There was also a possible financial implication if we did not carry out searches as we would be reducing our chances of finding out if funds are available to claim our costs back.

Finding Solutions

Talking to Staffordshire Registration Services, I was told I would be able to register deaths with them by phone and after other phone conversations I found that all other paperwork and documents were going to be dealt with electronically via registrar’s and funeral directors.

At the start of the lockdown we thought it best not to carry out searches as the risks were still unknown but as the number of referrals I was getting was increasing it was decided that we should seek further advice from our Health and Safety Team. 

I also made contact with the Institute of Cemetery & Crematorium Management (ICCM), used the APSE WhatsApp group and contacted other local authorities to ask for advice.


Taking into account the advice we received it was decided that we would continue to carry out searches and would assess the situation on a case by case basis. 

We concluded that the following reasons outweighed what was considered to be a risk very similar to that of a property search prior to the pandemic: 

  • Trying to find family and friends who may take over the arrangements or want to attend the funeral.
  • Obtaining the deceased’s funeral wishes so that we could give them dignity and the respectful funeral they deserve.
  • Potentially locating a will and other important documents.
  • Finding out whether we would be able to recover our costs.

We would ensure that before entering the residence a minimum of 72 hours had passed since the deceased had been removed from the property or anyone else had been inside.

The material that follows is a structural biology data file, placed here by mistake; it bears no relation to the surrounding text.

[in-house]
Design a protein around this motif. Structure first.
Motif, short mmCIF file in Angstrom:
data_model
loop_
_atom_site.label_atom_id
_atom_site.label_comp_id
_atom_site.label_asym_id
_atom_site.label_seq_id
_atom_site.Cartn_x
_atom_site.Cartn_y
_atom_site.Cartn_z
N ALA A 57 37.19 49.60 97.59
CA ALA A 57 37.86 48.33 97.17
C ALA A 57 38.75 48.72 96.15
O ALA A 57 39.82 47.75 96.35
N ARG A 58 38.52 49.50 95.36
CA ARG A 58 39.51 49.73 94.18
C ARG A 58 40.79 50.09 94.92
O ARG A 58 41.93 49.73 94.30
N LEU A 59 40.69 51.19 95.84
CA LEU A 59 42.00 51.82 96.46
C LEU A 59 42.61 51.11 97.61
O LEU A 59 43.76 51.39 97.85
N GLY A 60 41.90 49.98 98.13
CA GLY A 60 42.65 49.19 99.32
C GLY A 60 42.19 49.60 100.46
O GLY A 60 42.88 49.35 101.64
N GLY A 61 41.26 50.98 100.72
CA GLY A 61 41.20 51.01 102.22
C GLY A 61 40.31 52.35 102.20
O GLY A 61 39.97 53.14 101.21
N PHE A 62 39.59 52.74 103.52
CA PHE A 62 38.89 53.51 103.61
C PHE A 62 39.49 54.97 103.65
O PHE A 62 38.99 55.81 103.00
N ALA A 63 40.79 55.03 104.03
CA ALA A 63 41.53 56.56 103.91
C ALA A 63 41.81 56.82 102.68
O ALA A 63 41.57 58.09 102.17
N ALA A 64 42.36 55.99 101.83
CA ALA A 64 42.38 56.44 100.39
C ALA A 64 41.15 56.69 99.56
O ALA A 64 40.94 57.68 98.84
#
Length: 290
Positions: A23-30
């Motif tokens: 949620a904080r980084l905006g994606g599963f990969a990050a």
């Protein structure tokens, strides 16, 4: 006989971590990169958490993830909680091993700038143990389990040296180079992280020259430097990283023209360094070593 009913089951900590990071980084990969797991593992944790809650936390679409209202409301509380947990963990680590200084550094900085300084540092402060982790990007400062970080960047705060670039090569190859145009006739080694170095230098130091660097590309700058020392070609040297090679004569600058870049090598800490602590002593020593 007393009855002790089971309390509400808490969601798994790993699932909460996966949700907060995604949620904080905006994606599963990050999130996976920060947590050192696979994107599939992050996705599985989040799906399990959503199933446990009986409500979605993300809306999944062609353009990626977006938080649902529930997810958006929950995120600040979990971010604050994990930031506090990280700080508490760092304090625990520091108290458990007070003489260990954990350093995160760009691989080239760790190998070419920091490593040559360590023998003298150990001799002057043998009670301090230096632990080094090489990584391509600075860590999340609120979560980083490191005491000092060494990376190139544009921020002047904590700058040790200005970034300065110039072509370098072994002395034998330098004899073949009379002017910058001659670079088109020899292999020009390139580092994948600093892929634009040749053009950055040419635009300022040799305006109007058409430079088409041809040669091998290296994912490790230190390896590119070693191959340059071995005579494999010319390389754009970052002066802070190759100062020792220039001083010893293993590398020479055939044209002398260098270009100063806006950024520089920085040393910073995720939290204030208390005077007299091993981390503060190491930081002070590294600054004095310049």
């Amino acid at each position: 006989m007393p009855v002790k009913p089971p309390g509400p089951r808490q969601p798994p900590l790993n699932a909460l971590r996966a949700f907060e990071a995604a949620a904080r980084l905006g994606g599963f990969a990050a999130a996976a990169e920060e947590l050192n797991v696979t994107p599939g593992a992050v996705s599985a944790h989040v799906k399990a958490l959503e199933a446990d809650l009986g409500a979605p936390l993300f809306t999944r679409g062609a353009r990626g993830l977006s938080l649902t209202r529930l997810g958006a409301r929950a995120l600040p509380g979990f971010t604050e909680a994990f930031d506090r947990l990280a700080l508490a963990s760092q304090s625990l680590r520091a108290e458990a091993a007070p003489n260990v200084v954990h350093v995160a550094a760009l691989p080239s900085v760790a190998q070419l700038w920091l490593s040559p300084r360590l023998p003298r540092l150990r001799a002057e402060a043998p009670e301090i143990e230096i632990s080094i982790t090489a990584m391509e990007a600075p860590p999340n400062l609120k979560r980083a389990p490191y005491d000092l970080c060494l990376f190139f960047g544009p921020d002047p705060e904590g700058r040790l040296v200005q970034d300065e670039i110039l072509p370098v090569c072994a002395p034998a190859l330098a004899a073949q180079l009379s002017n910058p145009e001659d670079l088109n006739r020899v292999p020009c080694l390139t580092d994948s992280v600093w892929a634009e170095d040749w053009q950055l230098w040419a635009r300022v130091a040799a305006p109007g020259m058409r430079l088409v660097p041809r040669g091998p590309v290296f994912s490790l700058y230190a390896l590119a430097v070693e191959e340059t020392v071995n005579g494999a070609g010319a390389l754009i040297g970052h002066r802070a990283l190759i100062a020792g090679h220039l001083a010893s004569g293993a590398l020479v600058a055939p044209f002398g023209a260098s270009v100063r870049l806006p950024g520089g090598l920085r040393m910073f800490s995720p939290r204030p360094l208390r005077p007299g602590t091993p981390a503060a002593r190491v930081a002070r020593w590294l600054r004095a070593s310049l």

In terms of PPE, our usual search kit contains disposable gloves, hand sanitiser, shoe covers, white paper suits, face masks, eye protection and anti-bac wipes so based on the advice we had it was clear that we already had all of the necessary items.  

If the deceased was coronavirus positive, waste such as used PPE will be double bagged and stored securely (separate from other waste) for a period of 72 hours before disposal.  

Final Thoughts

Although in the end the potential issues presented by the virus didn’t cause us too much difficulty, they certainly made us think about the way we do things, all the time weighing up possible safety risks against being able to provide the most respectful outcome for the deceased and considering the council’s potential financial implications.

We are now better prepared, with steps in place ready for a possible second wave of the virus and therefore another increase in Public Health funeral cases that it would no doubt bring.

Finally, for me, one of the good things to come out of Covid-19 across Bereavement Services is working together.  I’ve had more contact with other local authority bereavement teams than ever before and I hope that it continues, leading to further sharing of resources and ideas in the future.  

Knowing that others are there to call on for advice and support during these unprecedented times really has proven to be invaluable!

•     Rebecca delivered a presentation on this topic at the seminar  ’Continuing to provide an empathetic service whilst managing the demands of a pandemic’ on 29 July.  The presentation is available for download from the APSE website here. 

Promoting excellence in public services

APSE (Association for Public Service Excellence) is a not for profit unincorporated association working with over 300 councils throughout the UK. Promoting excellence in public services, APSE is the foremost specialist in local authority frontline services, hosting a network for frontline service providers in areas such as waste and refuse collection, parks and environmental services, cemeteries and crematorium, environmental health, leisure, school meals, cleaning, housing and building maintenance.